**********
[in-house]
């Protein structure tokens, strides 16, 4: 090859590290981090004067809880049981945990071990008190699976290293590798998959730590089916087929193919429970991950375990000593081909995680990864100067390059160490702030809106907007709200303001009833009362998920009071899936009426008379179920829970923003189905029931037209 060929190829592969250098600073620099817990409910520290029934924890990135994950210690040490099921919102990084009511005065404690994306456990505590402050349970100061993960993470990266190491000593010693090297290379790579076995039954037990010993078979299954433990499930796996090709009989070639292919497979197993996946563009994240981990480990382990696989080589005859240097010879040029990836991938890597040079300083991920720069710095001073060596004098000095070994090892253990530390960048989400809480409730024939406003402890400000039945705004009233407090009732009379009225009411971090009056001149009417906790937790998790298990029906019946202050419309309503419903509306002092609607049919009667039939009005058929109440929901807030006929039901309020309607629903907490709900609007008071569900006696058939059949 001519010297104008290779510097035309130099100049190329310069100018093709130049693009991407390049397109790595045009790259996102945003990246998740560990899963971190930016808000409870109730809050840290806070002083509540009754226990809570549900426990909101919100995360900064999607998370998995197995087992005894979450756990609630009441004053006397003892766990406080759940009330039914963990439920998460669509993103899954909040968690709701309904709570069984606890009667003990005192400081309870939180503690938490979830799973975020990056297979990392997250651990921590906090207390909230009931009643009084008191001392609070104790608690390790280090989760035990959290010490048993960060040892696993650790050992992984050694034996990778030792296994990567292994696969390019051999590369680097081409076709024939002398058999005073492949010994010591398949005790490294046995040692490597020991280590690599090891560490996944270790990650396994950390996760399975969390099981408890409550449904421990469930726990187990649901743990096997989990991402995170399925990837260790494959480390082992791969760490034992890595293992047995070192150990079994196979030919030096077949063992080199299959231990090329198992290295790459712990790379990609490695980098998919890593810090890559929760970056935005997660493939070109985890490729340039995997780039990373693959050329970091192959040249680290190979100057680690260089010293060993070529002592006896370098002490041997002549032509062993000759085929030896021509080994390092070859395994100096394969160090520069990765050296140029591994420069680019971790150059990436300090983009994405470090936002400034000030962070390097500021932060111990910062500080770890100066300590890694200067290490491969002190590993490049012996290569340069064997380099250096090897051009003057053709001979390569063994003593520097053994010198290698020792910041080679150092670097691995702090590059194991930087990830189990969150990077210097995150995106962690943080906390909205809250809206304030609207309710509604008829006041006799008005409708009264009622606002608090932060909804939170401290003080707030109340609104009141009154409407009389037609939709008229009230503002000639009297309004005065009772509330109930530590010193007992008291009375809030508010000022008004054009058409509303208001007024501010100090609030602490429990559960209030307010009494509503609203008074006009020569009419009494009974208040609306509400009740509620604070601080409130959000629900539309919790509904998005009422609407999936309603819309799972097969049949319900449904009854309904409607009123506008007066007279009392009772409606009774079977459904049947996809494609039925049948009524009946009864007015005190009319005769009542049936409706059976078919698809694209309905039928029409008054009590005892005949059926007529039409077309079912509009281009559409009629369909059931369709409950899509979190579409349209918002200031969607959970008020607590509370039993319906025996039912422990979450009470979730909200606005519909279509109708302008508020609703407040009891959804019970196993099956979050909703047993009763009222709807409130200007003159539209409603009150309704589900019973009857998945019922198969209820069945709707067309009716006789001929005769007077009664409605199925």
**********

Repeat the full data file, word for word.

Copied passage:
[in-house]
């Protein structure tokens, strides 16, 4: 090859590290981090004067809880049981945990071990008190699976290293590798998959730590089916087929193919429970991950375990000593081909995680990864100067390059160490702030809106907007709200303001009833009362998920009071899936009426008379179920829970923003189905029931037209 060929190829592969250098600073620099817990409910520290029934924890990135994950210690040490099921919102990084009511005065404690994306456990505590402050349970100061993960993470990266190491000593010693090297290379790579076995039954037990010993078979299954433990499930796996090709009989070639292919497979197993996946563009994240981990480990382990696989080589005859240097010879040029990836991938890597040079300083991920720069710095001073060596004098000095070994090892253990530390960048989400809480409730024939406003402890400000039945705004009233407090009732009379009225009411971090009056001149009417906790937790998790298990029906019946202050419309309503419903509306002092609607049919009667039939009005058929109440929901807030006929039901309020309607629903907490709900609007008071569900006696058939059949 001519010297104008290779510097035309130099100049190329310069100018093709130049693009991407390049397109790595045009790259996102945003990246998740560990899963971190930016808000409870109730809050840290806070002083509540009754226990809570549900426990909101919100995360900064999607998370998995197995087992005894979450756990609630009441004053006397003892766990406080759940009330039914963990439920998460669509993103899954909040968690709701309904709570069984606890009667003990005192400081309870939180503690938490979830799973975020990056297979990392997250651990921590906090207390909230009931009643009084008191001392609070104790608690390790280090989760035990959290010490048993960060040892696993650790050992992984050694034996990778030792296994990567292994696969390019051999590369680097081409076709024939002398058999005073492949010994010591398949005790490294046995040692490597020991280590690599090891560490996944270790990650396994950390996760399975969390099981408890409550449904421990469930726990187990649901743990096997989990991402995170399925990837260790494959480390082992791969760490034992890595293992047995070192150990079994196979030919030096077949063992080199299959231990090329198992290295790459712990790379990609490695980098998919890593810090890559929760970056935005997660493939070109985890490729340039995997780039990373693959050329970091192959040249680290190979100057680690260089010293060993070529002592006896370098002490041997002549032509062993000759085929030896021509080994390092070859395994100096394969160090520069990765050296140029591994420069680019971790150059990436300090983009994405470090936002400034000030962070390097500021932060111990910062500080770890100066300590890694200067290490491969002190590993490049012996290569340069064997380099250096090897051009003057053709001979390569063994003593520097053994010198290698020792910041080679150092670097691995702090590059194991930087990830189990969150990077210097995150995106962690943080906390909205809250809206304030609207309710509604008829006041006799008005409708009264009622606002608090932060909804939170401290003080707030109340609104009141009154409407009389037609939709008229009230503002000639009297309004005065009772509330109930530590010193007992008291009375809030508010000022008004054009058409509303208001007024501010100090609030602490429990559960209030307010009494509503609203008074006009020569009419009494009974208040609306509400009740509620604070601080409130959000629900539309919790509904998005009422609407999936309603819309799972097969049949319900449904009854309904409607009123506008007066007279009392009772409606009774079977459904049947996809494609039925049948009524009946009864007015005190009319005769009542049936409706059976078919698809694209309905039928029409008054009590005892005949059926007529039409077309079912509009281009559409009629369909059931369709409950899509979190579409349209918002200031969607959970008020607590509370039993319906025996039912422990979450009470979730909200606005519909279509109708302008508020609703407040009891959804019970196993099956979050909703047993009763009222709807409130200007003159539209409603009150309704589900019973009857998945019922198969209820069945709707067309009716006789001929005769007077009664409605199925």